What’s the difference between drywall and plaster?



There’s a lot to think about when you’re renovating a commercial space or building a new home. One of the most essential parts of the construction can often slip by without much thought – the walls!

Given the many different functions you may need your wall to serve – as a basic room separator, privacy, sound dampening and as insulation for your home or office – it’s vital that you think through which available material will best suit your needs.

Two of the most common materials that interior walls are built from today are plaster and drywall. They each have benefits and disadvantages over one another that will help to inform your decision.



Drywall is one of the more popular materials used in construction today, due to its ease of use and how quickly it can be installed on site. While more specialist varieties of drywall are available, such as more insulating, fire-retardant or sound-dampening options, drywall is more commonly prepared by pressing a special core of gypsum between two layers of paper.

As it arrives pre-fabricated, it is very simple and quick to install, and can be cut to the shape of any wall. Drywall takes paint easily and is also very stable; shelving can be hung from it without concern. 

It does have several key disadvantages, however, such as its susceptibility to water damage in high-moisture environments (including mould growth). It is also quite easy to damage accidentally, although relatively easy to fix.



Plaster is a much more established building material than drywall, and has been refined over hundreds of years. Unlike drywall, which is pre-made before it is installed, plaster arrives at the construction site in a powder form and must be combined with water to become a workable mixture. It also requires a thin strip of wood (called a lath) to bond to as the wall is gradually built up. Three layers of plaster are required for it to reach the appropriate thickness and rigidity.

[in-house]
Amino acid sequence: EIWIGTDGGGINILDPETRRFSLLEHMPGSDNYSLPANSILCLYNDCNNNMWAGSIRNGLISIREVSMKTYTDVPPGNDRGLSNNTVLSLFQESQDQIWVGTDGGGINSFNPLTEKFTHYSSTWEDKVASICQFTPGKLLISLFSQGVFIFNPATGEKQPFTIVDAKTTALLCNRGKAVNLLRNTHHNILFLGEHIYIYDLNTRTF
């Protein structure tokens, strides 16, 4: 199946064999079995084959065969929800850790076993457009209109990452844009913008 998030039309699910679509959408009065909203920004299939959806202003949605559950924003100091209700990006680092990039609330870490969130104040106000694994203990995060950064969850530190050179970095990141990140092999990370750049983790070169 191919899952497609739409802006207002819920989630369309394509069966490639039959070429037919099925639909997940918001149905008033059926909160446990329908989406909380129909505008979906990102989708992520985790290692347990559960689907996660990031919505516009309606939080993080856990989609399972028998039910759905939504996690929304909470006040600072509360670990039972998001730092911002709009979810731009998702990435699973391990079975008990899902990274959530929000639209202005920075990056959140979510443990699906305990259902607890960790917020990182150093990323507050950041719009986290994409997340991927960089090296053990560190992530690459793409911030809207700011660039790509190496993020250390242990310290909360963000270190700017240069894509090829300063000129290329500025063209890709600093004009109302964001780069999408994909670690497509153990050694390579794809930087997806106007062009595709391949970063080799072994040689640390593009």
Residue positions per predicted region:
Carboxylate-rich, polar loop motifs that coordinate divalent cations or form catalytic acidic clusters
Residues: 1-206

These layers, and the comparatively high water content in the mixture, generally means that a plaster wall will be thicker than drywall. This gives it more strength, and provides more of an insulating barrier between rooms, for both sound and heat.

However, there are certainly downsides to plaster as well. Primarily, plastering costs more than drywall to install because of the more expensive labour involved, and may not fall within your budget. It is also difficult to paint due to its porous nature.

Ease of repairability is also important to mention, as plaster can crack with the settling of your building over time and fixing cracks in walls could require a potentially expensive plaster repair. 

Which one is right for you?


Whether plaster or drywall is right for your project depends on a number of factors.

If you are planning for your wall to be decorative, supporting frames and shelves, and don’t need it to serve a purpose in your building’s infrastructure, then drywall may be the right choice for your particular circumstance. However, drywall isn’t as durable as plaster, and will most likely require more maintenance.

Plaster  is more effective at blocking sound and trapping heat than drywall, which should be an important consideration for any project. If you are in a moisture-prone area, then plaster may be a more viable long-term option for your building, as it doesn’t have as much of an issue with retaining water as drywall does. 

If you have any further questions about the pros and cons of drywall and plaster, then our friendly team at Melbourne Metro Plasterers are here to help. We have over 20 years of experience as a top Melbourne plasterer in the residential and commercial plastering industry, and our expertise is at your disposal as you’re looking for the right solution for your project.

Give us a call on (03) 9993 7134, or fill out our online contact form at any time.